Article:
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Editorial; State Street has potential as second front door


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IT took millions of dollars from both the public and private sectors to revitalize Columbus’ downtown district.

Most observers would agree that it was money well spent, especially when taking into account the significant increase in people traffic and the development of businesses, restaurants, apartment complexes and entertainment venues that promise to add to that traffic.

Similar visions of revitalization are being explored in another part of the city, one that has been treated as something of a stepchild to other established neighborhoods.

City officials are taking a new look at beautifying and revamping the State Street corridor, which serves as one of the entry points into Columbus.

Officials have contacted 10 consulting firms with the intention of selecting one that would create a plan for improving the area. It’s what happens after that plan is presented that will determine whether and how much the area can be improved.

State Street is the main street of East Columbus, an area that was annexed into the city in 1948. This is not the first time an effort has been mounted to explore ways in which the area or sections of it could be improved.

The city conducted a study in 2003 known as the State Street Corridor Revitalization Plan. Although it was not directly related to that 2003 study, State Street did undergo a major reconstruction in 2008 and 2009. The street was widened and repaved, and a center turn lane, modern street signals, sidewalks, curbs, gutters and storm pipes were installed.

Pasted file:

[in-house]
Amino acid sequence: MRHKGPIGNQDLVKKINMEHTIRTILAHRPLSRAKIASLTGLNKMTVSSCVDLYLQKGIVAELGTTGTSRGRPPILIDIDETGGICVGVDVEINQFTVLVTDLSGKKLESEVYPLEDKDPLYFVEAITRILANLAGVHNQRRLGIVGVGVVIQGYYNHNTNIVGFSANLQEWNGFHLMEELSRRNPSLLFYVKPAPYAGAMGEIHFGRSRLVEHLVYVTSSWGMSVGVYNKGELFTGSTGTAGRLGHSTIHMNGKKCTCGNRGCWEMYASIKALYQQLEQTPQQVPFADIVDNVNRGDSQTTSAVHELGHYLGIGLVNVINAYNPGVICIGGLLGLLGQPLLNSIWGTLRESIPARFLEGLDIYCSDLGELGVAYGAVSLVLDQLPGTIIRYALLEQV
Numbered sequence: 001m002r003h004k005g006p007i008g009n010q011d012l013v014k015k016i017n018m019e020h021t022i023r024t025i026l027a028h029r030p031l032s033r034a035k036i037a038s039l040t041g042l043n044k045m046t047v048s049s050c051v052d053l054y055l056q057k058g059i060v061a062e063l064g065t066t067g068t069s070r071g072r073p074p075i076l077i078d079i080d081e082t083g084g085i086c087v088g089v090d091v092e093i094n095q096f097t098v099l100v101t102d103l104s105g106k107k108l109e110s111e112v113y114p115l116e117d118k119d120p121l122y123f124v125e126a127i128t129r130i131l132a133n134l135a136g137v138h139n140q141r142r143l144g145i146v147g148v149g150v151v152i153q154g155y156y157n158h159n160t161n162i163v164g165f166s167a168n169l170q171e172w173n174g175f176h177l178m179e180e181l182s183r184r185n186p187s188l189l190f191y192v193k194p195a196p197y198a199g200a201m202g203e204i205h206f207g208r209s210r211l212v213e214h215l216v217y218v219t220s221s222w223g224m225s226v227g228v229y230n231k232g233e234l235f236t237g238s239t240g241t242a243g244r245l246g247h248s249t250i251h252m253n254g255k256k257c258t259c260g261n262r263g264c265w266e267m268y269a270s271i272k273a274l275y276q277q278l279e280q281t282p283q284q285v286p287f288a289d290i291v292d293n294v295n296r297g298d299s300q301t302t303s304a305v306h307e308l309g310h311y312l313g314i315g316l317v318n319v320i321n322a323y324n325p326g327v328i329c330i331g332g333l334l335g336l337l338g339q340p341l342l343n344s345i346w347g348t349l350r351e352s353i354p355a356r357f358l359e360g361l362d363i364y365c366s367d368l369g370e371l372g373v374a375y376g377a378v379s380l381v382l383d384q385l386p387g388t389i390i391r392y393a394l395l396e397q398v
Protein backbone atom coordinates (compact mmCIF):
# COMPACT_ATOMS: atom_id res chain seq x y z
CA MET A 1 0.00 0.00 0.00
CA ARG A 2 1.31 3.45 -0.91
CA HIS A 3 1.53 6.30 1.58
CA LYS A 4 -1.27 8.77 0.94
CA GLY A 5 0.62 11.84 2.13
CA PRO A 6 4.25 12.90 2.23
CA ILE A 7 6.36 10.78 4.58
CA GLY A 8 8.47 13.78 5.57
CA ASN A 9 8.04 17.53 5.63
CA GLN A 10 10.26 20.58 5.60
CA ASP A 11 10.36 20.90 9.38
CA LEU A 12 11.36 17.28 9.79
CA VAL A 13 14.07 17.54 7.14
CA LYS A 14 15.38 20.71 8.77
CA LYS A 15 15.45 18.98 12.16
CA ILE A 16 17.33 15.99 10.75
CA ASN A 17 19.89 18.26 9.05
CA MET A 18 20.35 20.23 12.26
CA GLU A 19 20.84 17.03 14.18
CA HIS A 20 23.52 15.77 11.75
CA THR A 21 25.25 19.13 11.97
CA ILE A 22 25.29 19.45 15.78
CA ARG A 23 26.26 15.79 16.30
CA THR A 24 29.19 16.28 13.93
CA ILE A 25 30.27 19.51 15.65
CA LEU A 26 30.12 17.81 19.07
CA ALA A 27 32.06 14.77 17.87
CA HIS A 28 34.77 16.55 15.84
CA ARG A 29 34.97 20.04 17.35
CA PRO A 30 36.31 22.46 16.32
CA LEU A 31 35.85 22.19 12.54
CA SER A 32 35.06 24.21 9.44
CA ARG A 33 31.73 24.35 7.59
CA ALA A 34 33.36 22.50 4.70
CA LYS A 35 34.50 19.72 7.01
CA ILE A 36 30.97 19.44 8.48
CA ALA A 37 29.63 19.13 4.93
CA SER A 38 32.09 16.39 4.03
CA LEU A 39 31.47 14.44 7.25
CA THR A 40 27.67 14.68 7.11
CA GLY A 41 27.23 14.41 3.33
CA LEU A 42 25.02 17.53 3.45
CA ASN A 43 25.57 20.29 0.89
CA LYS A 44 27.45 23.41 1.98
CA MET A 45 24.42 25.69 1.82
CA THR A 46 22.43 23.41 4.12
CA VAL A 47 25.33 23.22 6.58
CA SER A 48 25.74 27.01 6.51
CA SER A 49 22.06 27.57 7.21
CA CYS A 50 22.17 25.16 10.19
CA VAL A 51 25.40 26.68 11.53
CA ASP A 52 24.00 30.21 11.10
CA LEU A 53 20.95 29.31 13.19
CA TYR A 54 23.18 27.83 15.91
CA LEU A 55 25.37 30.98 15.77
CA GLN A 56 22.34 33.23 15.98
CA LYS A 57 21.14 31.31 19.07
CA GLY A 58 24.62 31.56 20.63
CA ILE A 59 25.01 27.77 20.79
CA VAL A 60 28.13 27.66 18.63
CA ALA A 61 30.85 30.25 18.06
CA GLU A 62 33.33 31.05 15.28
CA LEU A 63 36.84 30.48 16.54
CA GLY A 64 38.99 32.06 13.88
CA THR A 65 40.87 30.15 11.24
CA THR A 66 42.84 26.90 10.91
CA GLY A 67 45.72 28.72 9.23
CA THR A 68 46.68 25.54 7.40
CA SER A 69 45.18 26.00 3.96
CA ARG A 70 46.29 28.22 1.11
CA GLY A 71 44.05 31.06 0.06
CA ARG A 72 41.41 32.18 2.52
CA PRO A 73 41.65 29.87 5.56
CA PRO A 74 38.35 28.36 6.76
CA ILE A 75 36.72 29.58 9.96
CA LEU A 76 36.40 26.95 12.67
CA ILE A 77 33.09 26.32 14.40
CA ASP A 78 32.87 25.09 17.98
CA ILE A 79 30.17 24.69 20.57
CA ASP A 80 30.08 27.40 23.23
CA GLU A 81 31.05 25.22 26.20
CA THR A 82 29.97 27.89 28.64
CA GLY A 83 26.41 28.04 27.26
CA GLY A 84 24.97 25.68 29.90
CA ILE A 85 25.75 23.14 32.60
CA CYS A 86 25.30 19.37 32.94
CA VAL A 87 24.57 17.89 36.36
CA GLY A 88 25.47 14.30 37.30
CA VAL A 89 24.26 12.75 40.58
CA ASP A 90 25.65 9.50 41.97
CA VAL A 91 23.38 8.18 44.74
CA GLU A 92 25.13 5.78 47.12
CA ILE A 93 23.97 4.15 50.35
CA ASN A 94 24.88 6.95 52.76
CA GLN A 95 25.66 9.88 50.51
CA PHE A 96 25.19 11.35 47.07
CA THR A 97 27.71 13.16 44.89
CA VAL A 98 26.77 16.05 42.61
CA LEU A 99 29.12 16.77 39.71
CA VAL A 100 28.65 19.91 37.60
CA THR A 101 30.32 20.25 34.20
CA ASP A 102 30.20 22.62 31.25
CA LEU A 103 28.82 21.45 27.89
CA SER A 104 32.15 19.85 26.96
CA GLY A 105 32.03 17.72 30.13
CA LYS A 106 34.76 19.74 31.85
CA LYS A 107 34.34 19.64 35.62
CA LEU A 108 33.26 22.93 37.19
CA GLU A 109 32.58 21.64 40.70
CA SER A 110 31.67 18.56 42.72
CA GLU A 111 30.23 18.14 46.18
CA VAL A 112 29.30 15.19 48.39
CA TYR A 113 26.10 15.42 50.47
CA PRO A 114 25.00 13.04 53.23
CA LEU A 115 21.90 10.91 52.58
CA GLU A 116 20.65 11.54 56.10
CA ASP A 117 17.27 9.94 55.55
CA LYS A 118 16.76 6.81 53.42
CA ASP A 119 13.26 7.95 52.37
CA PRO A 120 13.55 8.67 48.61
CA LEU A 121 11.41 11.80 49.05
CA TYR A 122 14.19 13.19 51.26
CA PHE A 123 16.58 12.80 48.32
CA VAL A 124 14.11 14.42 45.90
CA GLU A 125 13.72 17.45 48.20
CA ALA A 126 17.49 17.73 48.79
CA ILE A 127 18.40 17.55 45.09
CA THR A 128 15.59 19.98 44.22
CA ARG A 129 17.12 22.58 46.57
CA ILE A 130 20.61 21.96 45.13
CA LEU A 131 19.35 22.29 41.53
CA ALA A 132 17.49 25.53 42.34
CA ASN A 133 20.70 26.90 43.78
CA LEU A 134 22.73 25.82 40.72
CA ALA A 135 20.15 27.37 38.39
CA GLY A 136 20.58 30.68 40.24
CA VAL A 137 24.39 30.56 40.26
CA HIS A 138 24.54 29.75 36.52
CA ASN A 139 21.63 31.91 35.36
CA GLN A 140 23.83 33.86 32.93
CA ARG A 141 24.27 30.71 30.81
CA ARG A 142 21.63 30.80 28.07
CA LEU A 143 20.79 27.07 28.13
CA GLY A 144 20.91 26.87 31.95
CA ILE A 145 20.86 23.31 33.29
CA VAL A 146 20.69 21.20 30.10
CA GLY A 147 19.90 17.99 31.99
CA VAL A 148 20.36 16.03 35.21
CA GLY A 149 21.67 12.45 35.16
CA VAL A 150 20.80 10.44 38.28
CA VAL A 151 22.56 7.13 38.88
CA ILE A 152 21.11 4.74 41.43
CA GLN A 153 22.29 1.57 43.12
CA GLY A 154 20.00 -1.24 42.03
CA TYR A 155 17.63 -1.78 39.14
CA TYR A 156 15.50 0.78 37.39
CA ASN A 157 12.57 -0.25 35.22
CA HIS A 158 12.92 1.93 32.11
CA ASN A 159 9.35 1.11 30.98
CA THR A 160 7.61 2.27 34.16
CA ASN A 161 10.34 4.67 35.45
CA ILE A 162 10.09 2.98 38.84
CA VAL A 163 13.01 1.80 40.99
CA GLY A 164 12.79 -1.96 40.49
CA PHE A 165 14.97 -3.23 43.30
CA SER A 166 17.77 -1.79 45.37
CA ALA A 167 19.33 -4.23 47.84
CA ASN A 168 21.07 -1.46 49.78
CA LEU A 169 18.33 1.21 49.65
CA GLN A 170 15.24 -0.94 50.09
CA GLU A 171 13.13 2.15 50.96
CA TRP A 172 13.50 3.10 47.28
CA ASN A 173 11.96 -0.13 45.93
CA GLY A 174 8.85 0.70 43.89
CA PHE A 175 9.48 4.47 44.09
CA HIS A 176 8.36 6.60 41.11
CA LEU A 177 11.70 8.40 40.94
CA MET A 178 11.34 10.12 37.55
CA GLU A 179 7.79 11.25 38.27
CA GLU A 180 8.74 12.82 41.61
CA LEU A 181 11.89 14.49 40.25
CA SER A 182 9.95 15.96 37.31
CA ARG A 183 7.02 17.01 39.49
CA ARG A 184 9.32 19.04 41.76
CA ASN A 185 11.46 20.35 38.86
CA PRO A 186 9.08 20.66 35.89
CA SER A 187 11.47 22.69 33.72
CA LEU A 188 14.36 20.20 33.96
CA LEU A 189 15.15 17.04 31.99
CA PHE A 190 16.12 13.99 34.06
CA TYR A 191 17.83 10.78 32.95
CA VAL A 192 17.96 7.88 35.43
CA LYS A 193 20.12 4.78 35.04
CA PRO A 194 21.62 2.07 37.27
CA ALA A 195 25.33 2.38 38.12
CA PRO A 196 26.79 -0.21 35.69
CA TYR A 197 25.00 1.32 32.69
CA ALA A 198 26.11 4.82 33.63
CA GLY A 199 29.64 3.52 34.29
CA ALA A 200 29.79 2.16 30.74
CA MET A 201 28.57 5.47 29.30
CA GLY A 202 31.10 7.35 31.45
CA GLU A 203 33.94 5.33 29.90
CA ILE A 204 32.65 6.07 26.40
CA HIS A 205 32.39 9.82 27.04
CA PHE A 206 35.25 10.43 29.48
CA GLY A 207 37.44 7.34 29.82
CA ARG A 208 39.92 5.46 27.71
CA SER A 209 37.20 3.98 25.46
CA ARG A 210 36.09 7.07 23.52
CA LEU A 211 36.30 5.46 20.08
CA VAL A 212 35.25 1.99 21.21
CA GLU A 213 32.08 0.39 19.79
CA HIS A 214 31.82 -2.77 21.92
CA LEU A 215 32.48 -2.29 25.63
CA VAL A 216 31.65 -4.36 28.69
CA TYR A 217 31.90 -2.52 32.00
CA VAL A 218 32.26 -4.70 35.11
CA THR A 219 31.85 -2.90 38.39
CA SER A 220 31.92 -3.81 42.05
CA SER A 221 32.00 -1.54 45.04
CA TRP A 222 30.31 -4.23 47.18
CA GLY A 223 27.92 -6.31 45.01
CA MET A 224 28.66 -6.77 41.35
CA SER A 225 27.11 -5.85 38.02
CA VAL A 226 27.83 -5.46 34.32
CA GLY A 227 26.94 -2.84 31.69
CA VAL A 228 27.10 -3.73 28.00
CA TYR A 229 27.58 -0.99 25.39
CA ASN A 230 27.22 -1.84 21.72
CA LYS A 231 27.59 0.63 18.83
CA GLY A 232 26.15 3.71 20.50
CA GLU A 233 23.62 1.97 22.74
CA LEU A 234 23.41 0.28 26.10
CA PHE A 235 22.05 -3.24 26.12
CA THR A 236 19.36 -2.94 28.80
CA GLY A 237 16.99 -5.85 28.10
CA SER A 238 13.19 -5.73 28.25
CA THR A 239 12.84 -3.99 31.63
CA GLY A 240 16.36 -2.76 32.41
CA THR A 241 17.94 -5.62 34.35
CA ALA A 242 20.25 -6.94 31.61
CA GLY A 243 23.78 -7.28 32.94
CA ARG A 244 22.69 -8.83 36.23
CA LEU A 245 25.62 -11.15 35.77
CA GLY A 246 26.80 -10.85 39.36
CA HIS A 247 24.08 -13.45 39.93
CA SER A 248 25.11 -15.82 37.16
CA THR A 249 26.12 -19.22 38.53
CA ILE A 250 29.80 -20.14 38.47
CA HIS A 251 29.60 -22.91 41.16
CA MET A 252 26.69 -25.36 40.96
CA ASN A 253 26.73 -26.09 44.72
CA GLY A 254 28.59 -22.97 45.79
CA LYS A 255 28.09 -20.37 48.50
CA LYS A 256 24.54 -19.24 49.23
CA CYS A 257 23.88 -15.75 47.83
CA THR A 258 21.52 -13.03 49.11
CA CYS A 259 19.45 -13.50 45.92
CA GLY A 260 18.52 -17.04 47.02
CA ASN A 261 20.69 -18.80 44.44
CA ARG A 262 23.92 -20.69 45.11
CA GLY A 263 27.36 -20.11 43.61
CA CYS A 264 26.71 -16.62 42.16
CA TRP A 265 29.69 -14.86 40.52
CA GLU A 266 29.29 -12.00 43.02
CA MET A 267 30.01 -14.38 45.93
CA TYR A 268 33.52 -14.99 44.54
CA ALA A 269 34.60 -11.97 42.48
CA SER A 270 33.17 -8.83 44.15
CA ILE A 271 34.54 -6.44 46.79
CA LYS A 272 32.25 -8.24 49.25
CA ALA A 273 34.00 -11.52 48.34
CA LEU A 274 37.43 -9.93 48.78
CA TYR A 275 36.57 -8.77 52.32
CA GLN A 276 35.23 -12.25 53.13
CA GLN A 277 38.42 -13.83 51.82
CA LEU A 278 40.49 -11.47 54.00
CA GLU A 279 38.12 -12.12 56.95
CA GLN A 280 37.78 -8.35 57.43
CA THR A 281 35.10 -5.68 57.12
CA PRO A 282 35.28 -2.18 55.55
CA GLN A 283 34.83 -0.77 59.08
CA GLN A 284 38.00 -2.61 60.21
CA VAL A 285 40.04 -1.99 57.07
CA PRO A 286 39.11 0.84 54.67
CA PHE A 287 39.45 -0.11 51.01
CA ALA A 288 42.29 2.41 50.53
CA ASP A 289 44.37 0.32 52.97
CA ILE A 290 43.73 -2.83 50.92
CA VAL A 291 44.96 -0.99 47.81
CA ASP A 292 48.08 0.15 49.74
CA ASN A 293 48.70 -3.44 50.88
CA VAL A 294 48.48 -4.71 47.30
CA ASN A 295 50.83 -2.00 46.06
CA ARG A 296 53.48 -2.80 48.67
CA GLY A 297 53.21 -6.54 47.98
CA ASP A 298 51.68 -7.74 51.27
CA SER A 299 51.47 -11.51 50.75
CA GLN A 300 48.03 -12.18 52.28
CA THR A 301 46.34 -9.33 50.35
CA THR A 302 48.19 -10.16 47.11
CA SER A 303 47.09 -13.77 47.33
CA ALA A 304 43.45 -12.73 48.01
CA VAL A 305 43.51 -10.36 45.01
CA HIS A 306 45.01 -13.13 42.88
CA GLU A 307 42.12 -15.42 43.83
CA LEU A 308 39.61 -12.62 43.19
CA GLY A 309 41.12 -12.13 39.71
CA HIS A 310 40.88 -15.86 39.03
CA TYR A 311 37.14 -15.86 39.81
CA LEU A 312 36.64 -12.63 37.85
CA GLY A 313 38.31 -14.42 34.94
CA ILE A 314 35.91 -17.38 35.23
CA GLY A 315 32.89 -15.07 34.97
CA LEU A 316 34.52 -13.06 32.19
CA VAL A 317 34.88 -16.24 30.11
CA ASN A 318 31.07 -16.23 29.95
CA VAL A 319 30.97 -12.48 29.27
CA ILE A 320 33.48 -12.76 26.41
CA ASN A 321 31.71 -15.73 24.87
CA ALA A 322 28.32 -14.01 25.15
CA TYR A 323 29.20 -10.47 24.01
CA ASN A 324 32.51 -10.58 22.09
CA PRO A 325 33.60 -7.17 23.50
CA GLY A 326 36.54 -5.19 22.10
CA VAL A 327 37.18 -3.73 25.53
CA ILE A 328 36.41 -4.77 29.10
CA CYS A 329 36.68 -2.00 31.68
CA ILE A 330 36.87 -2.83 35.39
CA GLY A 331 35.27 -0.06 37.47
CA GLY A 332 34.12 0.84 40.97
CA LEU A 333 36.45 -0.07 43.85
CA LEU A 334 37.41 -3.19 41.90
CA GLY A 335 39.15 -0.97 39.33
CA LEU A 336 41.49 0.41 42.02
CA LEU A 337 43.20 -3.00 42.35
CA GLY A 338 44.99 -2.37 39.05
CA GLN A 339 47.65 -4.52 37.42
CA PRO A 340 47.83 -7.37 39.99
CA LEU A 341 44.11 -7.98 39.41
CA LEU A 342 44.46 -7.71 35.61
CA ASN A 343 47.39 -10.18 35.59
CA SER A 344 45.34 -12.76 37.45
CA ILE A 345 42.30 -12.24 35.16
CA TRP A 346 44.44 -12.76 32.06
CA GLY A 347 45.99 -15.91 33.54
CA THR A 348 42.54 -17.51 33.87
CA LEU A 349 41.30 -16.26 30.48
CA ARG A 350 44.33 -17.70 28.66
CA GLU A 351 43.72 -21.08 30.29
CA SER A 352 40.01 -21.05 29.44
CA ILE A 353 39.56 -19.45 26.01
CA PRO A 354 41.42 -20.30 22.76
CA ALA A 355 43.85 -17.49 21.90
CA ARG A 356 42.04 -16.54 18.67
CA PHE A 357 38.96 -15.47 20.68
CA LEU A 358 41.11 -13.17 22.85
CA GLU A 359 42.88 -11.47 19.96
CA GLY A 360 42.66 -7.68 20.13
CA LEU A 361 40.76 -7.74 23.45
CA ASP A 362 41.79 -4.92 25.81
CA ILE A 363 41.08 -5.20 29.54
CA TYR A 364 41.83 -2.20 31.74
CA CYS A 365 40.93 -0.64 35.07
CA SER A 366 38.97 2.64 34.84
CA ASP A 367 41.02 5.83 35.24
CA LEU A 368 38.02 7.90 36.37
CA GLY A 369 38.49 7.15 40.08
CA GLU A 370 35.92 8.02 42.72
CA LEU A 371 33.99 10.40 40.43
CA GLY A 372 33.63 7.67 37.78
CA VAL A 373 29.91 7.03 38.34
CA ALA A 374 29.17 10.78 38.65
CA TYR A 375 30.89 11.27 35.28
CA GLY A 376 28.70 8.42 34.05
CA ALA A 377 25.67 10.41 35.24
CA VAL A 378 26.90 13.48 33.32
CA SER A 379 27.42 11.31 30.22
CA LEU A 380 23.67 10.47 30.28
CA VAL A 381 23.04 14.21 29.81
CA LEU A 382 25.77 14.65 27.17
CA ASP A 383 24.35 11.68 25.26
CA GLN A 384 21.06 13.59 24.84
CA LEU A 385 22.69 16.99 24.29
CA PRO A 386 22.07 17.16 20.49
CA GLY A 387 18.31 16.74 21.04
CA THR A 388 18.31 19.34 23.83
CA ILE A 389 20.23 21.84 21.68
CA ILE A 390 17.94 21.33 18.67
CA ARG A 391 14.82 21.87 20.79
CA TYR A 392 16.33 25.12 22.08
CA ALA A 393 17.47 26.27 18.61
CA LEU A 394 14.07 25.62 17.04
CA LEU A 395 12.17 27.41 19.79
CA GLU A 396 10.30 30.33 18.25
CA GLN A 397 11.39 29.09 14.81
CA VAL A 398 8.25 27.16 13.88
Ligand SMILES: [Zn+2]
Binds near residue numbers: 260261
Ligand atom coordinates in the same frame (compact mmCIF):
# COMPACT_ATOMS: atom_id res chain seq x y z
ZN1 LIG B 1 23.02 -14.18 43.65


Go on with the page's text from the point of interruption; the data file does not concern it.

While important, the work on the street itself — which was funded by the state as part of an improvement of Indiana 46 — had little measurable impact on changing the look or usability of the district. Hopes by residents of the area that it could be transformed into a town center replete with restaurants, additional small businesses and improved housing never were realized.

In some respects, East Columbus residents have had to wait their turn for neighborhood improvements while other areas of the city have been renewed.

The downtown revitalization was preceded by the massive Front Door project of the 1990s that transformed a mundane entryway into the city into a thriving and welcoming corridor beginning at the Interstate 65 interchange and ending on the majestic Second Street bridge.

That project was made possible by a massive infusion of federal, state and local dollars.

It is obviously too early to project what will be contained in a study of the State Street corridor. For instance, many residents of the area believe that sidewalks on the streets feeding into State Street not only would improve appearances but provide a measure of safety for those who have to walk through yards or in the street to get from one place to another.

Whatever steps are envisioned, it is likely that any significant improvement will come with a large price tag. Although private sector participation will be critical, it is likely that public sector funding will have to be employed as well. How that money will be generated on a local level can become a contentious issue. One possibility would be to either create a new TIF (tax increment financing) district for the area or extend the Central TIF district.

The bottom line is that improvements will come at a price. If the Front Door project and the downtown revitalization serve as examples, it could be an investment that pays dividends long into the future.

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